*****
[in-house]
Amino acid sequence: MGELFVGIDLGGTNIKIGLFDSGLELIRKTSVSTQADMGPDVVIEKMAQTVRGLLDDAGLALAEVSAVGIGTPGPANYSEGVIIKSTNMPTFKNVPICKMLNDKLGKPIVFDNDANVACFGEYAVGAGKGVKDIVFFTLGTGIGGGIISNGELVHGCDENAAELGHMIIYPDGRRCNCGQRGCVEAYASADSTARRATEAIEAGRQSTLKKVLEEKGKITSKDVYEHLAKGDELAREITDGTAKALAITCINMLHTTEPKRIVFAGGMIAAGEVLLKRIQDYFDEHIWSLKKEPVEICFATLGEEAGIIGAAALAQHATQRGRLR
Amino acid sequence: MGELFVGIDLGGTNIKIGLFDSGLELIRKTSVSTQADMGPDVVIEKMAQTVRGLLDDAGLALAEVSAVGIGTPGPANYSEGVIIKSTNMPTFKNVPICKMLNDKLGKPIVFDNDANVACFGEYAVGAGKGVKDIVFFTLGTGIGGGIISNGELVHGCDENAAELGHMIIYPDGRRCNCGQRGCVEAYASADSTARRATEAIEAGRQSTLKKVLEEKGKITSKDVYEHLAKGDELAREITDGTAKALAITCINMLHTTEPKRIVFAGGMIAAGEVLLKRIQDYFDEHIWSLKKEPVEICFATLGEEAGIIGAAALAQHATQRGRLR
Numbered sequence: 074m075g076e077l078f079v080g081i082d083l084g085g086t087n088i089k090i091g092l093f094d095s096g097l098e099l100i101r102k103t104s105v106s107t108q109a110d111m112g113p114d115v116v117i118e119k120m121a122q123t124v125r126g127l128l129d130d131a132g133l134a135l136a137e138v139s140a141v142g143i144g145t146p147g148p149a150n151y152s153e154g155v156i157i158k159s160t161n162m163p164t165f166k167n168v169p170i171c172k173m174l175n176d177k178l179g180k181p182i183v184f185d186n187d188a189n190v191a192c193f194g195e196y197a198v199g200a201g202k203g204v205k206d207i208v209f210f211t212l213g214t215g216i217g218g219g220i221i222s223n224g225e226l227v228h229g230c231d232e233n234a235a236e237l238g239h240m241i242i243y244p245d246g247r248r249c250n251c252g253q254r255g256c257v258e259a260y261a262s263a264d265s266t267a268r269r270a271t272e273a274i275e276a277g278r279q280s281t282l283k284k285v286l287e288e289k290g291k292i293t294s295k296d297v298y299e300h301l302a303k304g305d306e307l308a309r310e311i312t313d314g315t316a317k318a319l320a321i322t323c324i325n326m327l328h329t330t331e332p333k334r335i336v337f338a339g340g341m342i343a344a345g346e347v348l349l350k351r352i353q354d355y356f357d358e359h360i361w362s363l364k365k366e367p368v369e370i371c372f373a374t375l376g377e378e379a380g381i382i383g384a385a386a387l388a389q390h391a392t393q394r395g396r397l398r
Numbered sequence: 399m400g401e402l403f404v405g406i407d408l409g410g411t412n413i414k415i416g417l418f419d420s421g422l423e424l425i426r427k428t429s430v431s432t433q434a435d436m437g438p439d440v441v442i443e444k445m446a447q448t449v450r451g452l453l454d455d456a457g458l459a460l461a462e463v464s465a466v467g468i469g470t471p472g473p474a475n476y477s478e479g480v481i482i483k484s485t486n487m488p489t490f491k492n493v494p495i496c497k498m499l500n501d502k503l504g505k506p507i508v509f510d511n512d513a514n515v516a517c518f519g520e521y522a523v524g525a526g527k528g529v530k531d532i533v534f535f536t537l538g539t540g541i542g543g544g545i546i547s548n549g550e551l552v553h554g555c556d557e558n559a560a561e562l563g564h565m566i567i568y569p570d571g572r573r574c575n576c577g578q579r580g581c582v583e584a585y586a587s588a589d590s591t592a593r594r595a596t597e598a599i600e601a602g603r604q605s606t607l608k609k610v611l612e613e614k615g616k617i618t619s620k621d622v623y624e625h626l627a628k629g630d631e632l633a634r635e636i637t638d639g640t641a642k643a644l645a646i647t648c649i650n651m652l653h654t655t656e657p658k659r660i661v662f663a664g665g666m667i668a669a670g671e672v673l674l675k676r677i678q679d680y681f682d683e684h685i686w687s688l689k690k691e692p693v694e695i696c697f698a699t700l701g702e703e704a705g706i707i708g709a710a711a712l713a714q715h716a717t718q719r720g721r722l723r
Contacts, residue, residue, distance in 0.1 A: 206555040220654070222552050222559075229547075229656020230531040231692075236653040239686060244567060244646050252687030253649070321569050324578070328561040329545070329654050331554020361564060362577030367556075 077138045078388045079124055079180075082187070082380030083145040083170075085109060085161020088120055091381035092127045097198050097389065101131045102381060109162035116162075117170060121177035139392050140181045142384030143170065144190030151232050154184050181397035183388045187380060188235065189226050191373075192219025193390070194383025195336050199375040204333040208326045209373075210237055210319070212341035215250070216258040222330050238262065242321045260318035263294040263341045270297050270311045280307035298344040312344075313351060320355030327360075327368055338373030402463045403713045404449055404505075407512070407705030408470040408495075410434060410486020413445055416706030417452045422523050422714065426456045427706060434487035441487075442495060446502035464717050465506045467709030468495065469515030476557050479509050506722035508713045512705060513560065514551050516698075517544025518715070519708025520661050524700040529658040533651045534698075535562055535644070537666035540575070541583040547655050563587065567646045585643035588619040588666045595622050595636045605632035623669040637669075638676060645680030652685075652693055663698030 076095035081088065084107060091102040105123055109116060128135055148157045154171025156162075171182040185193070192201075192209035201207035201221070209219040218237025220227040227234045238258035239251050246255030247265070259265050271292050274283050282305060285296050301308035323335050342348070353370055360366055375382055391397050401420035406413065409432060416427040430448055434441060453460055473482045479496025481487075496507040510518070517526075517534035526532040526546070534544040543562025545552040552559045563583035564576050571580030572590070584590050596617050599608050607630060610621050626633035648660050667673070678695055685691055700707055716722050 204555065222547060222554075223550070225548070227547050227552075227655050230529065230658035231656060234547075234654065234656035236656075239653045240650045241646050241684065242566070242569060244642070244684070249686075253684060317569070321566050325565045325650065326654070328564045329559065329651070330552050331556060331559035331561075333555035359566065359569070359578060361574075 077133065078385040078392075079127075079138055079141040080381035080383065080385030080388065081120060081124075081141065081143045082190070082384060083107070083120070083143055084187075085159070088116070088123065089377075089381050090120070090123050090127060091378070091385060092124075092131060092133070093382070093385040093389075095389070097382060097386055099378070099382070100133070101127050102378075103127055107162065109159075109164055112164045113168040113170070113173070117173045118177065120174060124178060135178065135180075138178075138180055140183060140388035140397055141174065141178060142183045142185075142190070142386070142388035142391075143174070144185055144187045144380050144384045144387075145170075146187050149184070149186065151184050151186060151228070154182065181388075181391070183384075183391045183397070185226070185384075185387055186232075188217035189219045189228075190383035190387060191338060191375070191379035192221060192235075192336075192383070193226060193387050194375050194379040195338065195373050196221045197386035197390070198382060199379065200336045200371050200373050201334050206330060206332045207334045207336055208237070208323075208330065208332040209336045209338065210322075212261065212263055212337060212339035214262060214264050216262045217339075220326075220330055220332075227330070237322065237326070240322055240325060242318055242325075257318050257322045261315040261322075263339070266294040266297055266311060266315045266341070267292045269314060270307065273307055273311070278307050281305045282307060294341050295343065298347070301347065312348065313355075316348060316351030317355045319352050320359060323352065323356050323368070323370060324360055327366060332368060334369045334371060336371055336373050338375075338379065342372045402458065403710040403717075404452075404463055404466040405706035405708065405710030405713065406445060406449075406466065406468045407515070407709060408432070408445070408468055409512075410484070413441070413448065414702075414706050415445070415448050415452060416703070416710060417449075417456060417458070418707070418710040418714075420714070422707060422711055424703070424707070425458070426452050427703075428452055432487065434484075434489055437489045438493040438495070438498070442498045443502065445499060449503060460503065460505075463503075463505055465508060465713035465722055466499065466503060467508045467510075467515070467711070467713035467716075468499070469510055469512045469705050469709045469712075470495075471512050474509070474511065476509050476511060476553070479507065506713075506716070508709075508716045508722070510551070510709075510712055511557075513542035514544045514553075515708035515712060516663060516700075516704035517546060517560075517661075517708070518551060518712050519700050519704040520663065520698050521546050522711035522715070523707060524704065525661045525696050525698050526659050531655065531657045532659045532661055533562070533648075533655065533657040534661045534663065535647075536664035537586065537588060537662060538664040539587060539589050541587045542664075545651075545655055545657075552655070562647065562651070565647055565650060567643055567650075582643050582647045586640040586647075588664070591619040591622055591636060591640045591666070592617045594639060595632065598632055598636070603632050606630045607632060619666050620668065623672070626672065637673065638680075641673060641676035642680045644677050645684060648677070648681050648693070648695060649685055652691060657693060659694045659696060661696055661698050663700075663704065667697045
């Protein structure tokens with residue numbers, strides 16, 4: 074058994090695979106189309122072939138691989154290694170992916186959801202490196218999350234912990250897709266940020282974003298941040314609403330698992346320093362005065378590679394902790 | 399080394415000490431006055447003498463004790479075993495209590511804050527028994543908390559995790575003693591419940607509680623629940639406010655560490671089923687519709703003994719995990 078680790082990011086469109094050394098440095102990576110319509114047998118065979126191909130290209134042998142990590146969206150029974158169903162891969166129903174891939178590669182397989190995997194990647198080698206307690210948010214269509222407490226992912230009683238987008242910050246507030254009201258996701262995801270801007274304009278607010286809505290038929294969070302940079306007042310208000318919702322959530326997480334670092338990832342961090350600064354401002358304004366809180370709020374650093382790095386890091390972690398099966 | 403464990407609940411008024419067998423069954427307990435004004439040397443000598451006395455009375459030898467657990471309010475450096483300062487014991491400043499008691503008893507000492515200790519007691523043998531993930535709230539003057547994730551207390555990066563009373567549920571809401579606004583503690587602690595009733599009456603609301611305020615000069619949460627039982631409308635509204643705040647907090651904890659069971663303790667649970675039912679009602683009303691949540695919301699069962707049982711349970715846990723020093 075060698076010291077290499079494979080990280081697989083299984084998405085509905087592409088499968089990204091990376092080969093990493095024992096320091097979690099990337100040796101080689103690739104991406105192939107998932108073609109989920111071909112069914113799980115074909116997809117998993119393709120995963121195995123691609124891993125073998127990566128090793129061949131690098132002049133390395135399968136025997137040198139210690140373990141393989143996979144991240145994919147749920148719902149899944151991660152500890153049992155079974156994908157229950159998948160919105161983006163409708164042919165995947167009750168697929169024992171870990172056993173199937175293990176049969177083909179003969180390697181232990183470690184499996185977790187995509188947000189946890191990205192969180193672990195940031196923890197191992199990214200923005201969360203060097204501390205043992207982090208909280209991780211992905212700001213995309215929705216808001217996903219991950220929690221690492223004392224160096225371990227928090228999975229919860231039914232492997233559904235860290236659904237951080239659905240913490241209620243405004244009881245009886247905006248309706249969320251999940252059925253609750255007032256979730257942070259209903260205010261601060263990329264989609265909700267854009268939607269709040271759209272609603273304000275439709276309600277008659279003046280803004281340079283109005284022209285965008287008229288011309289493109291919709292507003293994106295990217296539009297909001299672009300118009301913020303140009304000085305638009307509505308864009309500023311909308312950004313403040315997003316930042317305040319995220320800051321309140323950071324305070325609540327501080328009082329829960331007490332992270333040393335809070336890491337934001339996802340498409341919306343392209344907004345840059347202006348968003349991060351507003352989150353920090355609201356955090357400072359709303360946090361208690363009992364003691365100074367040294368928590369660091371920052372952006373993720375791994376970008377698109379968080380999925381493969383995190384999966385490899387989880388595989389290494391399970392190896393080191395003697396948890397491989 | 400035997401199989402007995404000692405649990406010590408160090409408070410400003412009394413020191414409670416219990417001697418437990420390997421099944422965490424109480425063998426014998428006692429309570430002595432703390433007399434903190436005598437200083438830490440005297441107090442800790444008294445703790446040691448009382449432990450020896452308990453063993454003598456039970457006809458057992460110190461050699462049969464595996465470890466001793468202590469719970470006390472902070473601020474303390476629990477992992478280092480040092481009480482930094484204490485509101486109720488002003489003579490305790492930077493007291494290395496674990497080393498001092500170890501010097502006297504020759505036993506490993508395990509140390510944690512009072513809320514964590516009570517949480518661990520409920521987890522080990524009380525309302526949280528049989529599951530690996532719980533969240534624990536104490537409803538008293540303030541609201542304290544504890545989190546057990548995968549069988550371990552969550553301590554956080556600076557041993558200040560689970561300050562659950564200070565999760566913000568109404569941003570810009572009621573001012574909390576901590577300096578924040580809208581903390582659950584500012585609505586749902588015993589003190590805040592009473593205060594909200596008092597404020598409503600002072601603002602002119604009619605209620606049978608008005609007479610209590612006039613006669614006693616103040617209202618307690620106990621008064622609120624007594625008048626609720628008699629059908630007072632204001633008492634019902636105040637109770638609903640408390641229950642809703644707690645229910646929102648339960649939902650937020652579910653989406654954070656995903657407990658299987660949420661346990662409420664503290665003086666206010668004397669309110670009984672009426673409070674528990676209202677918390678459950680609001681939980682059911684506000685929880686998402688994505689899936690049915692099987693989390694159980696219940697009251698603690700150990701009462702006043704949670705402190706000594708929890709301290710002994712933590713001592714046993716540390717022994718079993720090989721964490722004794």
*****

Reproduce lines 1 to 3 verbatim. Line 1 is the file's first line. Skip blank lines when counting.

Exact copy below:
[in-house]
Amino acid sequence: MGELFVGIDLGGTNIKIGLFDSGLELIRKTSVSTQADMGPDVVIEKMAQTVRGLLDDAGLALAEVSAVGIGTPGPANYSEGVIIKSTNMPTFKNVPICKMLNDKLGKPIVFDNDANVACFGEYAVGAGKGVKDIVFFTLGTGIGGGIISNGELVHGCDENAAELGHMIIYPDGRRCNCGQRGCVEAYASADSTARRATEAIEAGRQSTLKKVLEEKGKITSKDVYEHLAKGDELAREITDGTAKALAITCINMLHTTEPKRIVFAGGMIAAGEVLLKRIQDYFDEHIWSLKKEPVEICFATLGEEAGIIGAAALAQHATQRGRLR
Amino acid sequence: MGELFVGIDLGGTNIKIGLFDSGLELIRKTSVSTQADMGPDVVIEKMAQTVRGLLDDAGLALAEVSAVGIGTPGPANYSEGVIIKSTNMPTFKNVPICKMLNDKLGKPIVFDNDANVACFGEYAVGAGKGVKDIVFFTLGTGIGGGIISNGELVHGCDENAAELGHMIIYPDGRRCNCGQRGCVEAYASADSTARRATEAIEAGRQSTLKKVLEEKGKITSKDVYEHLAKGDELAREITDGTAKALAITCINMLHTTEPKRIVFAGGMIAAGEVLLKRIQDYFDEHIWSLKKEPVEICFATLGEEAGIIGAAALAQHATQRGRLR